Times of late are harder, and there is a groundswell embracing thrift as never before. ‘Make do and mend’ was the way our parents were brought up; with collars being turned, clothes and shoes being mended, toys doing the rounds of the extended family, but who darns a sock these days? When they can be bought for peanuts, imported from Bangladesh, no one is going to waste time darning.
There isn’t a need to completely revert to our grandparents era and habits, but we would do well to adopt a few of their practices. My grandmother had salted away a small fortune – enough to buy a house in some parts of the country – saved just from her housekeeping money each month during her marriage. She and my grandfather never wasted a thing.
Waste of food, money, energy and resources is all too common these days. Food waste has fallen – FALLEN! – to just over 7 million tonnes, a value of over £12 billion per year. We leave lights on, appliances on standby, the average number of chargers for phones, mp3s and laptops etc in each house must be into double figures. We could certainly manage some small changes to save our own money and energy into the bargain.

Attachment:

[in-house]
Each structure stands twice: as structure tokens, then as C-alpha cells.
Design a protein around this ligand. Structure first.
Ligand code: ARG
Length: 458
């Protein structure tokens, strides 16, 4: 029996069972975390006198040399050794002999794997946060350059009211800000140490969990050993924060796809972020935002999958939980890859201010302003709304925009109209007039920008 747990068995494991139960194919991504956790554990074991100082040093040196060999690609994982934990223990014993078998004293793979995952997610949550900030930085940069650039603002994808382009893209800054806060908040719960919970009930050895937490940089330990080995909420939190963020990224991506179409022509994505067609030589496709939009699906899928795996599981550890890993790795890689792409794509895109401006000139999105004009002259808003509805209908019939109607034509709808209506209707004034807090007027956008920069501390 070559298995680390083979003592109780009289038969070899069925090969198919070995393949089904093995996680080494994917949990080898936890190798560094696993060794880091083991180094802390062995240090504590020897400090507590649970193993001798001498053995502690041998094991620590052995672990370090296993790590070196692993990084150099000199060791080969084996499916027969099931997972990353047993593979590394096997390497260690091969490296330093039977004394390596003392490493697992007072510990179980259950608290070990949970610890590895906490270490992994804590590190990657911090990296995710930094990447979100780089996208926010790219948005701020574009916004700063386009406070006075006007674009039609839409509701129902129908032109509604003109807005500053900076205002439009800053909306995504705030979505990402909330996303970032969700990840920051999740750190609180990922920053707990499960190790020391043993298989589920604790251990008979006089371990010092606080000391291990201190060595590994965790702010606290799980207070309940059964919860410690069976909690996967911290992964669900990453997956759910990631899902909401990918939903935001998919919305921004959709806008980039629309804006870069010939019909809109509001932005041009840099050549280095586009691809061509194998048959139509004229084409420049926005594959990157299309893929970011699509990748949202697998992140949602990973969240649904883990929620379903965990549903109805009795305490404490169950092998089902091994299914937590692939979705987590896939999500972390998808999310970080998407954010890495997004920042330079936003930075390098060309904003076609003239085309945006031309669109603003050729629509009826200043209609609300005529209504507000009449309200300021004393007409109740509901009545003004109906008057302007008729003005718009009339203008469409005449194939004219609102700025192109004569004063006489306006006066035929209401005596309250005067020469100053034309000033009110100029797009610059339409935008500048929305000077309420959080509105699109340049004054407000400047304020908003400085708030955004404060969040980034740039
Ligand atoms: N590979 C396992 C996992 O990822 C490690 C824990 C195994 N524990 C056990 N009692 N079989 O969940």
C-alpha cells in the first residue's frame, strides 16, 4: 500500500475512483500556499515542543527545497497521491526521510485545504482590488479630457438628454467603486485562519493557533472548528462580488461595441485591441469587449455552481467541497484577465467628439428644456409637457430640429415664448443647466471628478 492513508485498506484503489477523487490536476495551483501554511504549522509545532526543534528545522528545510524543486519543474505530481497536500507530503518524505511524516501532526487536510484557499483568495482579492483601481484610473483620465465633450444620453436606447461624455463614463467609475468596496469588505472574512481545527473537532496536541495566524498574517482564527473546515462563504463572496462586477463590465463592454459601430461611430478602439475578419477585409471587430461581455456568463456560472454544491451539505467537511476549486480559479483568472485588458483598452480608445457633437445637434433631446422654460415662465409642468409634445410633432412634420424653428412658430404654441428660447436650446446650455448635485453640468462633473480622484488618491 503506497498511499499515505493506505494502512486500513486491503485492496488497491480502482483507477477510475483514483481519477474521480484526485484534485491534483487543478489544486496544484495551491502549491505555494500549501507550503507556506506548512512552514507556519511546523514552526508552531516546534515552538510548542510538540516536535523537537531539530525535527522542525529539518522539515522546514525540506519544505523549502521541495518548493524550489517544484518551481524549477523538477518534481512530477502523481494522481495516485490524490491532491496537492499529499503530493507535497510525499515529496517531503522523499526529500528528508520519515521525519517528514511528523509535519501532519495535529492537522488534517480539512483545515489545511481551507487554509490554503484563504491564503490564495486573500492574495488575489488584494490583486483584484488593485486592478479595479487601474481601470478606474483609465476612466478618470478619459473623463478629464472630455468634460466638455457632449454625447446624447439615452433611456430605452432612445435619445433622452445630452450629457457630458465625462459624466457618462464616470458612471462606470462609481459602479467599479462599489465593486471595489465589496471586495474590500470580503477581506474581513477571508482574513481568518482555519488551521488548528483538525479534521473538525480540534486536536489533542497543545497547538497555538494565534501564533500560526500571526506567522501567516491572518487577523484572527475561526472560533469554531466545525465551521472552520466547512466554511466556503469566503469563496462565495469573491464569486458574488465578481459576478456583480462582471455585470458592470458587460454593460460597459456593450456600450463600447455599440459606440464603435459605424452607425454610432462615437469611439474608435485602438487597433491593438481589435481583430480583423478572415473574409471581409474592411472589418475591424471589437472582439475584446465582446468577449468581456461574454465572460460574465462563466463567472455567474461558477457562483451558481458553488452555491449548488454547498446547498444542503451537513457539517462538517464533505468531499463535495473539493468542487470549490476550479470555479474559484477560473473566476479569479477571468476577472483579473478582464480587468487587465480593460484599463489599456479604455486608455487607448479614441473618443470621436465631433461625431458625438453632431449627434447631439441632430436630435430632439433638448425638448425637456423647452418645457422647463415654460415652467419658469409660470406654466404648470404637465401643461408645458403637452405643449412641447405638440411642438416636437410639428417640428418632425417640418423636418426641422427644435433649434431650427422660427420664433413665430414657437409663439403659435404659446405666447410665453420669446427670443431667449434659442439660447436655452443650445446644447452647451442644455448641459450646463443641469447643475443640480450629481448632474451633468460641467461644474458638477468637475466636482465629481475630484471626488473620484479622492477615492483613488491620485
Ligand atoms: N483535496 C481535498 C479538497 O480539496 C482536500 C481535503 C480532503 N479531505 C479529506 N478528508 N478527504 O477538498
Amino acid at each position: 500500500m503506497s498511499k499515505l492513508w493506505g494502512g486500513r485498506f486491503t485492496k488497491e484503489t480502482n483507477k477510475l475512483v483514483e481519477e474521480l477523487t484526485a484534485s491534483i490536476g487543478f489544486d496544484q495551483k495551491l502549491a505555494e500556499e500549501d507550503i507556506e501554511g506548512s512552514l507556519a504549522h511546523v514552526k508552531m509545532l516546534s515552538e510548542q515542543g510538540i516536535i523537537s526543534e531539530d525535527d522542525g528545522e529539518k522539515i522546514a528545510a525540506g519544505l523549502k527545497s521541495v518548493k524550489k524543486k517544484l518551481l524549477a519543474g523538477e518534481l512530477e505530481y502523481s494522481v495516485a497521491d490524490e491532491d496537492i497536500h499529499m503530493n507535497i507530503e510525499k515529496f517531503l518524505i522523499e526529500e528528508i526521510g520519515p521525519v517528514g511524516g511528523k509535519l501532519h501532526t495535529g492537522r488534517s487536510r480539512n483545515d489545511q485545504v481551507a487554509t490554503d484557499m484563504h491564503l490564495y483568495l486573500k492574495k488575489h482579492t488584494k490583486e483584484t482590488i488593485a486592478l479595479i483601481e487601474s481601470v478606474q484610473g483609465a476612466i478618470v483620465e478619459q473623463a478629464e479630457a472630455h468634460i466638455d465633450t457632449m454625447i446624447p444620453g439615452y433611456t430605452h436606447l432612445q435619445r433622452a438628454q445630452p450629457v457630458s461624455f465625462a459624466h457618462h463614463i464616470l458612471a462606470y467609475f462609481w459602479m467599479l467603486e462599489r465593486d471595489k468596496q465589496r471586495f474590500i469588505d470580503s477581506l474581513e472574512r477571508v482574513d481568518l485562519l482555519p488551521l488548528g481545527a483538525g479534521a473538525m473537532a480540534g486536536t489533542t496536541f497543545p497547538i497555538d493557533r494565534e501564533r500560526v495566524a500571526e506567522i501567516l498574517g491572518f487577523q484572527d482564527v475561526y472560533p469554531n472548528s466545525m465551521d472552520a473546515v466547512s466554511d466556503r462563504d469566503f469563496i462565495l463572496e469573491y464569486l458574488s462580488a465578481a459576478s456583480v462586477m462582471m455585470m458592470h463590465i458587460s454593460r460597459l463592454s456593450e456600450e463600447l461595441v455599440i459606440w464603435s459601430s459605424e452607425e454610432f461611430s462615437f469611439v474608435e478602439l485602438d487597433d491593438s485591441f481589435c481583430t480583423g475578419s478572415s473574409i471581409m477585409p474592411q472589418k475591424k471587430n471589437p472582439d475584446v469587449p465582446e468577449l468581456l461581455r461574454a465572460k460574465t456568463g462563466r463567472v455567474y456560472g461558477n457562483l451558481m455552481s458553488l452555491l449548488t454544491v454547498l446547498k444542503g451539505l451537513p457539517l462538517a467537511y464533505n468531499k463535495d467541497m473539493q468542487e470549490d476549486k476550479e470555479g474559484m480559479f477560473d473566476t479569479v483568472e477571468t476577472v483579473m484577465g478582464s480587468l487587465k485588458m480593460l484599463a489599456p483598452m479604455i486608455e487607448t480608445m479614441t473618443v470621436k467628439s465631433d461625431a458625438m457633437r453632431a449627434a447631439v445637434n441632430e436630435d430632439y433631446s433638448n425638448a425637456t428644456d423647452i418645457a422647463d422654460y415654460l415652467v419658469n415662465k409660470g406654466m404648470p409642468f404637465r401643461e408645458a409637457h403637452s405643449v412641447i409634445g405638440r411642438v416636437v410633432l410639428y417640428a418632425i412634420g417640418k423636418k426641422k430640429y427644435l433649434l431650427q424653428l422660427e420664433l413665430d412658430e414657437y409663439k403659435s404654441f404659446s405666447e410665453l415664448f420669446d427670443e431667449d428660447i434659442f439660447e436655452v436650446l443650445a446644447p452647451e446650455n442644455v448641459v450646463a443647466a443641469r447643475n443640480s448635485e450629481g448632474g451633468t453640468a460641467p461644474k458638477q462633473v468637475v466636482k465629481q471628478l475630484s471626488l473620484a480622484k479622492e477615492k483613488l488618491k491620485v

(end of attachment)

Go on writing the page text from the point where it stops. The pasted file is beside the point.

If there is time to shop around, then often local shops are cheaper for individual items than supermarkets with their misleading special offers. This is not an option for many full-time workers, so plan your shop – make a list and stick to it.
Using leftovers has become more fashionable, and meal planning for a week in advance will help a family cut down on supermarket spend. Use the same ingredients in a couple of meals, rather than throwing out half tubs of yoghurt or cream – even the hard bits of cheese can be put into savory puddings or used in omelets.
Some waste can be used as domestic compost for the garden and, on a much larger scale, by using an anaerobic digester, one council has plans to turn waste food into fertiliser and electricity, but the bottom line is to not buy what you don’t need.
Gas and electricity prices almost never go down and last winter’s freeze hit everyone hard. It’s easy to stay with the same old suppliers but making a small effort to change to green energy can have a great impact on the environment and it also feels good to know that you’re doing your bit to make the world a better place! There loads of renewable energy companies in the UK!
As well as changing to a greener supplier, you could also think about boiling the kettle with only as much water as you need, switching to low energy light bulbs, turning off lights when not using the room, and the thermostat down a degree or two. Televisions and the paraphernalia of digi-boxes, DVD players and surround-sound system need not be left on standby all day and night.